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Saturday, February 18, 2023

An Interesting Lenten Thought - Don't Worry about having a "Failed Lent!"


I liked this meditation by Fr. Goring about planning a "failed Lent," and thought, "He's right! We can't give up before we start." But, as I reflect on Ash Wednesday coming this week, I keep thinking and asking myself, "What will bring me closer to God?" What penance will draw me closer to the suffering Jesus? What additional prayer or reading will make me more aware throughout the day of this holy penitential season? What will throw open the door so that I'm more receptive to God's grace? I'm still praying and reflecting and haven't decided where I'm being led, but I'm confident that all will become clear. 

God wants me to have a holy Lent. The Blessed Mother and the saints want me to have a holy Lent. My guardian angel wants me to have a holy Lent. So how can I go wrong if I try to cooperate with them? 

I'm praying for everyone who visits the blog. That's one thing I will do every morning during my prayer time because we are all in this together. May we all have a holy and grace-filled Lent. Please pray for me as well.

As Fr. Goring always ends, "Viva Cristo Rey!" Amen!



6 comments:

Cynthia said...

I have been praying for knowledge of what I should do for Lent in addition to the traditional fasting, with little success.I was awakened from my sleep last night with the inspiration to bridle my tongue as an additional penance. I’m not sure if it was the Holy Ghost,my guardian angel or both speaking to me, but interestingly enough my morning scriptural reading today was James chapter 3. That sealed the deal!

Mary Ann Kreitzer said...

I love the term "bridle." When I was taking horseback riding lessons, I learned how to saddle and bridle my mount. And then I had to learn how to guide the horse gently using that bridle as the tool of control. I think I will follow this and ask my guardian angel to take the reins and treat me like the horse. I doubt if I would be too successful controlling the bridle.

Thanks, Cynthia, for such a wonderful image!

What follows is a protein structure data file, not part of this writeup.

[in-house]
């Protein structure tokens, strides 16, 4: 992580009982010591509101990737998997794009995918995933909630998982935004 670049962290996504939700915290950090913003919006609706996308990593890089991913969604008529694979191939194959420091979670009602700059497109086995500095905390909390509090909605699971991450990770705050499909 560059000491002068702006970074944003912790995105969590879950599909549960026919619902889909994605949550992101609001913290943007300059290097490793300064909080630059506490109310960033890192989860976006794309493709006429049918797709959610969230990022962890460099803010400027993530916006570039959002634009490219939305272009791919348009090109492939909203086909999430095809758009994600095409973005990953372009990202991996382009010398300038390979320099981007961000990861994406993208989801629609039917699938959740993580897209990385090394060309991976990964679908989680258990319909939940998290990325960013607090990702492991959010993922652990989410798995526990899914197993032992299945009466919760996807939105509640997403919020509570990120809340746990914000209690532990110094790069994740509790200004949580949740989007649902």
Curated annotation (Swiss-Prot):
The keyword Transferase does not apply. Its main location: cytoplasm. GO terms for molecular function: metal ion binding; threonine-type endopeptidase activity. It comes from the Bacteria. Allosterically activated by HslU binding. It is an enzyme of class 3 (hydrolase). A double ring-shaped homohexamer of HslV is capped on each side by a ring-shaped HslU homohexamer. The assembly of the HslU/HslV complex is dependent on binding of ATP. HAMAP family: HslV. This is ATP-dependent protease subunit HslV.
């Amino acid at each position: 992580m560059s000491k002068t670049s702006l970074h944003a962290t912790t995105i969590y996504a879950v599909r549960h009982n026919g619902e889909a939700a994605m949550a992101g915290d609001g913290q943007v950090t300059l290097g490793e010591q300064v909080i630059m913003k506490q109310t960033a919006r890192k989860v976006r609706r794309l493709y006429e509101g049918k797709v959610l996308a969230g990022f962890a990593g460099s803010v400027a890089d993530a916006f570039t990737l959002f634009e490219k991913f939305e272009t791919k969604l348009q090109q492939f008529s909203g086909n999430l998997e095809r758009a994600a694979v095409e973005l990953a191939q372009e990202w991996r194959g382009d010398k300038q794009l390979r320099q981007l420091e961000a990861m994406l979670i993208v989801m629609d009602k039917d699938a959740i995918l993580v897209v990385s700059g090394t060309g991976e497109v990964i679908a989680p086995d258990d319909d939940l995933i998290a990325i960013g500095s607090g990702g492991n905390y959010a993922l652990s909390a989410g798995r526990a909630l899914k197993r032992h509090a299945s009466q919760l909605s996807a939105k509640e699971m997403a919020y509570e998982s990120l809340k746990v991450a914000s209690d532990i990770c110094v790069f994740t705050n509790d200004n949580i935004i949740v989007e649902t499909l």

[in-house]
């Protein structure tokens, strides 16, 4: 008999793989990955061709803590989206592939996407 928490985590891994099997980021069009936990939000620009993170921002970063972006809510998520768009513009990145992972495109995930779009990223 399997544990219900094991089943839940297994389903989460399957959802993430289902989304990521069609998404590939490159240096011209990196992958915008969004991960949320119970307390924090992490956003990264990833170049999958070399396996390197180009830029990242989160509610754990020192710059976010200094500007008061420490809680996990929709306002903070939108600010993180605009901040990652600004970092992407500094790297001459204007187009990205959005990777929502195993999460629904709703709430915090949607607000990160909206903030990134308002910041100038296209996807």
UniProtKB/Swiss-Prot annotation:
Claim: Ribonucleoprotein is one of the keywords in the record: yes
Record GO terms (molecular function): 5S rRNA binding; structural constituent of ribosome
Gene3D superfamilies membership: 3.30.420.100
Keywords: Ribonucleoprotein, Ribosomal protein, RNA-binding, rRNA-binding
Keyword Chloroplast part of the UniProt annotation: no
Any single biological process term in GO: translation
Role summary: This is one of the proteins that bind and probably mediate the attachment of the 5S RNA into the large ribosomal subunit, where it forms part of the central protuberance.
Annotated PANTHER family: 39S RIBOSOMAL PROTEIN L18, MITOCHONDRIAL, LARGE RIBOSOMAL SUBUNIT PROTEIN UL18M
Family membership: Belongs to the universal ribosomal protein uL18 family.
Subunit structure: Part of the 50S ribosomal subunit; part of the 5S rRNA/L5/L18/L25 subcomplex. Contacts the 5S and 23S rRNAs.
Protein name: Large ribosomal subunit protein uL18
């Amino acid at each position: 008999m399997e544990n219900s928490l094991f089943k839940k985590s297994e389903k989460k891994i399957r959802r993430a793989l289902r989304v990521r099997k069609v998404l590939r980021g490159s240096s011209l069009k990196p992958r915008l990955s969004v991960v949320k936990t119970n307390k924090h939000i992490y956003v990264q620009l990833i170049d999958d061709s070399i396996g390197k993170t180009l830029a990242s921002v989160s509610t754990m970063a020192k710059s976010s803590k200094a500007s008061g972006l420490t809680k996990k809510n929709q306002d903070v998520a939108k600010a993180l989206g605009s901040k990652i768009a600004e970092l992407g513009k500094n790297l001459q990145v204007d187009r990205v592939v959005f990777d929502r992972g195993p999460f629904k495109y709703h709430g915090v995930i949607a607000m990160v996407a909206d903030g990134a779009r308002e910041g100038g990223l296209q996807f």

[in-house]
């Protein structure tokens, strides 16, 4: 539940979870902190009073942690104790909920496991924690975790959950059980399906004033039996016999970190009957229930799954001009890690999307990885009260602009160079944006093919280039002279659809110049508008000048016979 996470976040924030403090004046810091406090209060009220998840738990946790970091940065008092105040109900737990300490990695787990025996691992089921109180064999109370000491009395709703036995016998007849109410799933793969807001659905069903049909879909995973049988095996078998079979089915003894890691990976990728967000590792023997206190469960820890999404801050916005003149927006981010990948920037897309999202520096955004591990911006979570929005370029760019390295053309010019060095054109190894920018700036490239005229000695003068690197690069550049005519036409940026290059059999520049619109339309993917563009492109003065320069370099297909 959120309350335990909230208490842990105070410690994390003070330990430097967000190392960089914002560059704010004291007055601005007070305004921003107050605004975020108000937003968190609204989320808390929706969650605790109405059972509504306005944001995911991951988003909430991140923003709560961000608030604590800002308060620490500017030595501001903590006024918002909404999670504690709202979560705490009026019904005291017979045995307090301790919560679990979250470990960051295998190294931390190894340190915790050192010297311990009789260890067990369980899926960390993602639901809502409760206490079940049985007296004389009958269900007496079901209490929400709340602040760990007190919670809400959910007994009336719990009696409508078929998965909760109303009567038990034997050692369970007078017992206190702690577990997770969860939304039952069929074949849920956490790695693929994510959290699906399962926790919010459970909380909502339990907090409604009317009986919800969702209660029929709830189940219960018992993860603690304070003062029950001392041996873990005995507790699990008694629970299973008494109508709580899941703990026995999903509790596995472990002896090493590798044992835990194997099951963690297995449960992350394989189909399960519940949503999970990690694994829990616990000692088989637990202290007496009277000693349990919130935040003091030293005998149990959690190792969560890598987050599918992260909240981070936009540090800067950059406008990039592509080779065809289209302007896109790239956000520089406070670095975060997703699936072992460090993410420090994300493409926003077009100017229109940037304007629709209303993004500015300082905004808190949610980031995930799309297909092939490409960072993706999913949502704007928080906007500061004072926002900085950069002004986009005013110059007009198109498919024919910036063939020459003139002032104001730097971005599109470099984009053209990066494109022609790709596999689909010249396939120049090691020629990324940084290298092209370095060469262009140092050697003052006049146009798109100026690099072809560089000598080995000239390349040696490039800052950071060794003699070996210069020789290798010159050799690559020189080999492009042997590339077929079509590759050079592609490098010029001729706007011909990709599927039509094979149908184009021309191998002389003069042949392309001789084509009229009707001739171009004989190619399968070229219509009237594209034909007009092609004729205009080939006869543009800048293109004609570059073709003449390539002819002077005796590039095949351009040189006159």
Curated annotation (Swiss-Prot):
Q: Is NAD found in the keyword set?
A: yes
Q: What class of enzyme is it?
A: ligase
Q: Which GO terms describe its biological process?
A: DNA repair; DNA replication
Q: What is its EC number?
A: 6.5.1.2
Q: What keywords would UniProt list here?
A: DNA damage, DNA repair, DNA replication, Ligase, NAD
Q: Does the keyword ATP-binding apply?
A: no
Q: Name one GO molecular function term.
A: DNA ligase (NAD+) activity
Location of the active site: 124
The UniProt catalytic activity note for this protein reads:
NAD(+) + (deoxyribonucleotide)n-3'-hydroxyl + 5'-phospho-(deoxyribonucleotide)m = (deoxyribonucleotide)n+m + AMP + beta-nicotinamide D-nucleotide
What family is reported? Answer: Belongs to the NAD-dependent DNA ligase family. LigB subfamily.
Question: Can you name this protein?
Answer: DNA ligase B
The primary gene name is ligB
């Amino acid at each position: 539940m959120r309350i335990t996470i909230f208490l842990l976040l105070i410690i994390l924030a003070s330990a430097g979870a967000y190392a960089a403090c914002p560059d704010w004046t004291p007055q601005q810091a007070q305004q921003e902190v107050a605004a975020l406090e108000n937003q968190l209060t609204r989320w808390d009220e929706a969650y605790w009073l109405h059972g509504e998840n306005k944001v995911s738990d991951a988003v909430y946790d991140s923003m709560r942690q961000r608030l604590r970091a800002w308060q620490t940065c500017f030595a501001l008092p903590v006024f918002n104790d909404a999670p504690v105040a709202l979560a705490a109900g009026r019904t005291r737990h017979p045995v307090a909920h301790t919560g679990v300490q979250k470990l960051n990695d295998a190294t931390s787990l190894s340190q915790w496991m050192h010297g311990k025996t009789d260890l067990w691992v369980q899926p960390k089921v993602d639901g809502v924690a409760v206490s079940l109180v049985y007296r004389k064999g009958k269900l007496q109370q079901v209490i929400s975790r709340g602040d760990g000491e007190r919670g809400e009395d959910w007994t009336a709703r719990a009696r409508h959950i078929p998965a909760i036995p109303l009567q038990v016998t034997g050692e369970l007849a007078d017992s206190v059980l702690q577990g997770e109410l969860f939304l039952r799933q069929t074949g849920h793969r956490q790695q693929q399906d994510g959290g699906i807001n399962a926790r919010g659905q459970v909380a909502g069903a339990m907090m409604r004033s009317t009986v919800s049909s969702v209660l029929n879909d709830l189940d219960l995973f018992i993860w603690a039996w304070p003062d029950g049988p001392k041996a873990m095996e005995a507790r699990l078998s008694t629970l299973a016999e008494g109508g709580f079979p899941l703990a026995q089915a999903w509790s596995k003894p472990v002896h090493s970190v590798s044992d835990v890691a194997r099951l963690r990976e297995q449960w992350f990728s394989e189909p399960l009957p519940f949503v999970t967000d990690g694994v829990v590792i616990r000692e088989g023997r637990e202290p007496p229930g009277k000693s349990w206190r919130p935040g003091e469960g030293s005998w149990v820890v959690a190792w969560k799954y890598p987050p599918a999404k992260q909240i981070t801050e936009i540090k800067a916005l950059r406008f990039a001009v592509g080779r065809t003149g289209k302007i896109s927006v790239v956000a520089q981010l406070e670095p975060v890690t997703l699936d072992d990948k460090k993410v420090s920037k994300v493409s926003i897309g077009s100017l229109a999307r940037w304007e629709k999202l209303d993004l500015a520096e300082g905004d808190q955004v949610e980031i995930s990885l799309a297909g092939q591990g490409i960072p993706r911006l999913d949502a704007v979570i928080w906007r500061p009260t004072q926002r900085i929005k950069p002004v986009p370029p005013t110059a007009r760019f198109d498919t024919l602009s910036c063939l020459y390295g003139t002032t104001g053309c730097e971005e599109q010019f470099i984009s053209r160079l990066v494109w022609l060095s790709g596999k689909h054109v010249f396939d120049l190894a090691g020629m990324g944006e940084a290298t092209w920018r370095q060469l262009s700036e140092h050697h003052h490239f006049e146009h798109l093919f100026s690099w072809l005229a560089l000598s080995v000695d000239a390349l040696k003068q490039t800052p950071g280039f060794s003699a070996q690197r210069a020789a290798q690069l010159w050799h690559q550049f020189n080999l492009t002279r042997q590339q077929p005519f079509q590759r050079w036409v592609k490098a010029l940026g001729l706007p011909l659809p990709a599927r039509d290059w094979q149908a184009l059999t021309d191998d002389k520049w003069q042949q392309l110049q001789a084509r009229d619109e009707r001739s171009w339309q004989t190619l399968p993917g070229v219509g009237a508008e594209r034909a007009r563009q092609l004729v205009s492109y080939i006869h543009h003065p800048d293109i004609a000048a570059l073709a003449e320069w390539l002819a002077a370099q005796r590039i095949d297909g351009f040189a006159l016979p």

proty mcproterson said...

Since you have to give up something for Lent, I gave up Catholicism for Lent. I tell this joke every year.

Papist McPapalboy said...

Well, Mr. PROTY, no one has to give-up anything for Lent. Fast and abstinence from flesh meat are the only obligatory penances. "Giving-up" anything during Lent is a purely voluntary penance on top of the obligatory ones. Perhaps you would have known that had you not given-up Catholicism.

Renee said...

This prayer sums up the best intentions for this beautiful season.

Prayer XLI

With fasting I gladden my hope in You, my Lord, Who are to come again.
Fasting hastens my preparation for Your coming, the sole expectation of my days and nights.

Fasting makes my body thinner, so that what remains can more easily shine with the spirit.

While waiting for You, I wish neither to nourish myself with blood nor to take life–so that the animals may sense the joy of my expectation.

But truly, abstaining from food will not save me. Even if I were to eat only the sand from the lake, You would not come to me, unless the fasting penetrated deeper into my soul.

I have come to know through my prayer, that bodily fasting is more a symbol of true fasting, very beneficial for someone who has only just begun to hope in You, and nevertheless very difficult for someone who merely practices it.
Therefore I have brought fasting into my soul to purge her of many impudent fiancé’s and to prepare her for You like a virgin.

And I have brought fasting into my mind, to expel from it all daydreams about worldly matters and to demolish all the air castles, fabricated from those daydreams.

I have brought fasting into my mind, so that it might jettison the world and prepare to receive Your Wisdom.

And I have brought fasting into my heart, so that by means of it my heart might quell all passions and worldly selfishness.

I have brought fasting into my heart, so that heavenly peace might ineffably reign over my heart, when Your stormy Spirit encounters it.

I prescribe fasting for my tongue, to break itself of the habit of idle chatter and to speak reservedly only those words that clear the way for You to come.
And I have imposed fasting on my worries so that it may blow them all away before itself like the wind that blows away the mist, lest they stand like dense fog between me and You, and lest they turn my gaze back to the world.
And fasting has brought into my soul tranquility in the face of uncreated and created realms, and humility towards men and creatures. And it has instilled in me courage, the likes of which I never knew when I was armed with every sort of worldly weapon.

What was my hope before I began to fast except merely another story told by others, which passed from mouth to mouth?

The story told by others about salvation through prayer and fasting became my own.

False fasting accompanies false hope, just as no fasting accompanies hopelessness.

But just as a wheel follows behind a wheel, so true fasting follows true hope.
Help me to fast joyfully and to hope joyously, for You, my Most Joyful Feast, are drawing near to me with Your radiant smile.

Prayers by the Lake

Mary Ann Kreitzer said...

Papist,

I think perhaps Proty was joking about giving up Catholicism, since he said it was a joke. Am I correct, Proty?

If not, I will be praying for you. I once had two Jehovahs Witnesses visit me. Both the ladies were fallen away Catholics. I told them that made me sad because I couldn't imagine trying to live without the receiving Jesus in the Real Presence of the. Eucharist.

In fact, I pray for everyone who visits the blog regardless of their views. Let us all pray for one another, and may we have a blessed and grace-filled Lent.